“If Giver Taker was an album of prayers, The King is an album of curses.” Anjimile won the world over
with the clear-eyed honesty of their first record – a meditation on spirituality and liberation. In 2019 he
recorded Giver Taker, a collection of songs written while getting sober in Florida. Giver Taker was
critically adored – Rolling Stone Magazine deemed it one of the best 50 albums of 2020. Since Giver
Taker’s release, Anjimile tested new material on the road while opening for artists like Jose Gonzalez,
Tune-Yards, and Hurray for the Riff Raff. In his sophomore album, The King, he continues exploring
what it means to be a Black trans person in America. The brutally honest reflection of 2020’s deadly
summer is less reminiscent of the pink cloud of early sobriety and more rooted in the reality of seeing
brutality with clear eyes.
“The King” is deeply steeped in the confusion, grief, and rage of being Black in America. Anjimile
pushes back against the tired adage, “what doesn’t kill you makes you stronger,” hissing, “What don’t kill
you almost killed you// What don’t fill you//pains you// drains you.” Anjimile says, “At the end of the
day, I might feel hopeless, but I don’t feel alone. I don’t feel alone in my Black rage, my suffering, my
depression. There’s something sacred about being a part of this tradition of Black artists channeling this.”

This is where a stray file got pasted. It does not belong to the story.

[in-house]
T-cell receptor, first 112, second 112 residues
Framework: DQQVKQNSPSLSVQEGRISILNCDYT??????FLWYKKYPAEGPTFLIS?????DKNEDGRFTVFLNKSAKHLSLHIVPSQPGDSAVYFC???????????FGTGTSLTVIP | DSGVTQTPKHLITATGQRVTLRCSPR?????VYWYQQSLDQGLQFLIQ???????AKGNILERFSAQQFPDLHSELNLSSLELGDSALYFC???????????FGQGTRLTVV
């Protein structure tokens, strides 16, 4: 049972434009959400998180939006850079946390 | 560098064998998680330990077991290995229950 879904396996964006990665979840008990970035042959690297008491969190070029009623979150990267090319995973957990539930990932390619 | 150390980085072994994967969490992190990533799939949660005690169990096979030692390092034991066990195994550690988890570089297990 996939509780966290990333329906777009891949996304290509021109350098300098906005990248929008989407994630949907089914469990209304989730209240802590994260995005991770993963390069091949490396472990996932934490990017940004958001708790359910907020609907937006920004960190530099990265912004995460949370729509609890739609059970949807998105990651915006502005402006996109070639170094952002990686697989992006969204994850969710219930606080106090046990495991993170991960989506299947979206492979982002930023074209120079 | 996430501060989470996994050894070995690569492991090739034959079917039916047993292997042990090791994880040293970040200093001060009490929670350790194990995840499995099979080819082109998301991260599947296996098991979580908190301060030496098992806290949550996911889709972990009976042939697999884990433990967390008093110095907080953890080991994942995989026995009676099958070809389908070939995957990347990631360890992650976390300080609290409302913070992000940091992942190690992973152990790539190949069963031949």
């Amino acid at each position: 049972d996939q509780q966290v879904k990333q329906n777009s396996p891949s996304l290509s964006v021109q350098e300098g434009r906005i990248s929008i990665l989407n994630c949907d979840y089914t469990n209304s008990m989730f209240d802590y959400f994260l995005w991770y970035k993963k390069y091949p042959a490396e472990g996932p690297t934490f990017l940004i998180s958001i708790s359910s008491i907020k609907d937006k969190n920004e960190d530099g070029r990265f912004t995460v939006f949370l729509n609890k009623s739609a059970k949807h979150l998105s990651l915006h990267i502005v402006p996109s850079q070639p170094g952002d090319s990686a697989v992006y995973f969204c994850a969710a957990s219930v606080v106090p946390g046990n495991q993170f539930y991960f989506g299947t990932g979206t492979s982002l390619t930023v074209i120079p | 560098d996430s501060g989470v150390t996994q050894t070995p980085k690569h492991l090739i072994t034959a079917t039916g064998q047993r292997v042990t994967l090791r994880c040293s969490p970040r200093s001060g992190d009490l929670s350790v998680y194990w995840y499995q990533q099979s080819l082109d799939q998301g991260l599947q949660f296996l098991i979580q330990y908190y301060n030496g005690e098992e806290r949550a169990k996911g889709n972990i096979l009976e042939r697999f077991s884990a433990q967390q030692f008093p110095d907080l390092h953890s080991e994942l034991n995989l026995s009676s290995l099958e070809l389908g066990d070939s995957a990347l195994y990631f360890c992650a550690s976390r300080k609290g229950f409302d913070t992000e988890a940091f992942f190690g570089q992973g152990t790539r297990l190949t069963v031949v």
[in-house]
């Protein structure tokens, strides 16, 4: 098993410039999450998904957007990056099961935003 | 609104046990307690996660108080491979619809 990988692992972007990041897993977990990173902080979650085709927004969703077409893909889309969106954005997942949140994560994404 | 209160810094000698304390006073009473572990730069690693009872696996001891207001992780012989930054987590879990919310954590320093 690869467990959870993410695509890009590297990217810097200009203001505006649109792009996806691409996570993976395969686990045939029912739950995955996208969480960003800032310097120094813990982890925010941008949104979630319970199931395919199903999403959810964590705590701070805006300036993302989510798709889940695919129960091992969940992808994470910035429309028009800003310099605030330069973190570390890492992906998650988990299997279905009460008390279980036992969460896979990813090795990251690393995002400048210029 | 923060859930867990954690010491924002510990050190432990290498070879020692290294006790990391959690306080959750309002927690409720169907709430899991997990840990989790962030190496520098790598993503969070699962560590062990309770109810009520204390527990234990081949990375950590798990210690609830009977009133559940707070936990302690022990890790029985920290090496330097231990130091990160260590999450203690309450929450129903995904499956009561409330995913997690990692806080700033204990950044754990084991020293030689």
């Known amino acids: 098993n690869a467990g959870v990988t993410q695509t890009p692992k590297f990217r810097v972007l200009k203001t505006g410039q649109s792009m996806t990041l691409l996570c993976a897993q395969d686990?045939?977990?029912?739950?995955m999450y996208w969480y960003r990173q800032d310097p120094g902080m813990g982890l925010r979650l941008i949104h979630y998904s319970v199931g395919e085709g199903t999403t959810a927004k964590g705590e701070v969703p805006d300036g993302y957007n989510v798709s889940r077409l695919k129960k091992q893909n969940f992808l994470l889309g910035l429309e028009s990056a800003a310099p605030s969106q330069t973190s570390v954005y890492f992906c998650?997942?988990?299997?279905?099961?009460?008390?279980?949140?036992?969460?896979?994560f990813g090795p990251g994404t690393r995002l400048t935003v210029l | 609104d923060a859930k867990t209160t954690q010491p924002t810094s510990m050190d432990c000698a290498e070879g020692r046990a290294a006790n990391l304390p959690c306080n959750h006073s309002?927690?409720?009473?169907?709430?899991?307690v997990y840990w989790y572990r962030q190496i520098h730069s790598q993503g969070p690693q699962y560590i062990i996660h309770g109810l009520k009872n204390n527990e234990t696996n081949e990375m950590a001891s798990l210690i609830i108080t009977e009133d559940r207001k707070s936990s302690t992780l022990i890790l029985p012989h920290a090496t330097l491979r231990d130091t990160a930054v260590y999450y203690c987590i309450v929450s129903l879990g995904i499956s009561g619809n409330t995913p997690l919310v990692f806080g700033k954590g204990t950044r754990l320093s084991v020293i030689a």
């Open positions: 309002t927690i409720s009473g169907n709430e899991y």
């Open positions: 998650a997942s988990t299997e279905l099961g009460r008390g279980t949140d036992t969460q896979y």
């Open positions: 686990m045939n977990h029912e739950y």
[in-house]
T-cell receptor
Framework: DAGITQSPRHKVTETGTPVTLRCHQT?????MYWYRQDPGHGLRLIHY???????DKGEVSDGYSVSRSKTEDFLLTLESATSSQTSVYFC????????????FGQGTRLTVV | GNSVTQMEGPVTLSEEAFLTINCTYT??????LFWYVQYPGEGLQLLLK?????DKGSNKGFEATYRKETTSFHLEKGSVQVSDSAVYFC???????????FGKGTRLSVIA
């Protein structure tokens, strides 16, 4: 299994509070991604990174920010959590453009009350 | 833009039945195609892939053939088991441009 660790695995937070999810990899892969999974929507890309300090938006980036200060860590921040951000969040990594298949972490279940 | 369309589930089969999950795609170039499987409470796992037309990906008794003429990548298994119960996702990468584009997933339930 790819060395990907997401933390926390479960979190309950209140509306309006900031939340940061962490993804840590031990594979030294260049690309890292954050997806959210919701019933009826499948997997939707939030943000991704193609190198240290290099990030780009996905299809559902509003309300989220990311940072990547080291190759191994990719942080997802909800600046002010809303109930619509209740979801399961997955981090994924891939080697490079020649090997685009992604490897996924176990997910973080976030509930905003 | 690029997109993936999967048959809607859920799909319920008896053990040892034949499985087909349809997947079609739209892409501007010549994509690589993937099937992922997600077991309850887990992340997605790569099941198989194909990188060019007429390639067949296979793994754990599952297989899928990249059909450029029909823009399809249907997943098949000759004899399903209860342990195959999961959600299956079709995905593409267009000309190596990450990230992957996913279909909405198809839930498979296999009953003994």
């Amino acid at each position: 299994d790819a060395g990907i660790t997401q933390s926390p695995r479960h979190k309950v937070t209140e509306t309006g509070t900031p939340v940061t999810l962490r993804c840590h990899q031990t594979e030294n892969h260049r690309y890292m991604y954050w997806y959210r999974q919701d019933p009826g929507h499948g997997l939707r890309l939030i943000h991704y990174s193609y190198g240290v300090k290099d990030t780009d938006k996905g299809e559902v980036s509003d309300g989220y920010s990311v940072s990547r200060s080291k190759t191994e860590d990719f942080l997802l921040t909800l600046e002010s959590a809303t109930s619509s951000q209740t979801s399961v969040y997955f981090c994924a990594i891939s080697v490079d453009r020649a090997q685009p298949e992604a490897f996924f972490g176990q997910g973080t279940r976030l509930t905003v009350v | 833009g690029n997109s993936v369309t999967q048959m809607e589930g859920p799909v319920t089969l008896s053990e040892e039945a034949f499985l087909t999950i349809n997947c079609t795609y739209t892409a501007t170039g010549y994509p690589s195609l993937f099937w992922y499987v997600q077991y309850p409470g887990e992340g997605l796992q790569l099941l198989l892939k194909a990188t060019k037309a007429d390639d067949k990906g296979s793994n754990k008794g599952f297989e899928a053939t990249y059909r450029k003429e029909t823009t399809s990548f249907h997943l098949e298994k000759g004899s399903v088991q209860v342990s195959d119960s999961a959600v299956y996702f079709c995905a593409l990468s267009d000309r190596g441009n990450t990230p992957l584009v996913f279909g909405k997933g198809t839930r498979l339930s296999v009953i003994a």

The King is an invitation into this tradition.
“Animal” is a departure from Anjimile’s typically angelic and agile finger-picking to chunky staggered
marching chords that match the energy of this protest song’s lyrics. The track begins with static as he
finds the radio station for his rage that shimmers beneath the whole song, surfacing with Anjimile’s
swelling voice at the end of every chorus and verse and lingering long after they finish.
The King showcases the perfect marriage between Anjimile’s lyricism and musicality and the power of
brilliant production. Anjimiile spent a year in LA working intimately with Grammy and Juno winner
Shawn Everett. Before entering the booth, Everett took Anjimile to different museums and had them
choose a painting for each track on the album to get a feel for Anjimile’s artistry and process. Everett’s
intentionality is evident in every measure – with brilliant ideas like using a sole instrument for the entire
album for sonic unity, to recording some tracks in every key before choosing a final version, and, finally,
creating eerie effects by covering a microphone with a condom before submerging it in water and
pointing a speaker at it. Everett’s past collaborator, James Krivchenia of the band Big Thief, hopped on
the track “Black Hole,” using his hands to drum back of an acoustic guitar instead of his usual skins,
adding an extra layer of haunting to the ethereal track.
Anjimile has been hustling for over a decade in the indie music scene, first hitting the stage in Boston
while he attended Northeastern University as a music industry student. Anjimile recorded several EPs and
albums on their own, and their star rose when their 2018 NPR Tiny Desk Concert contest entry was
deemed the best out of Boston. The King is the result of decades of hustling, centuries of survival, and
one artist’s honesty and bravery.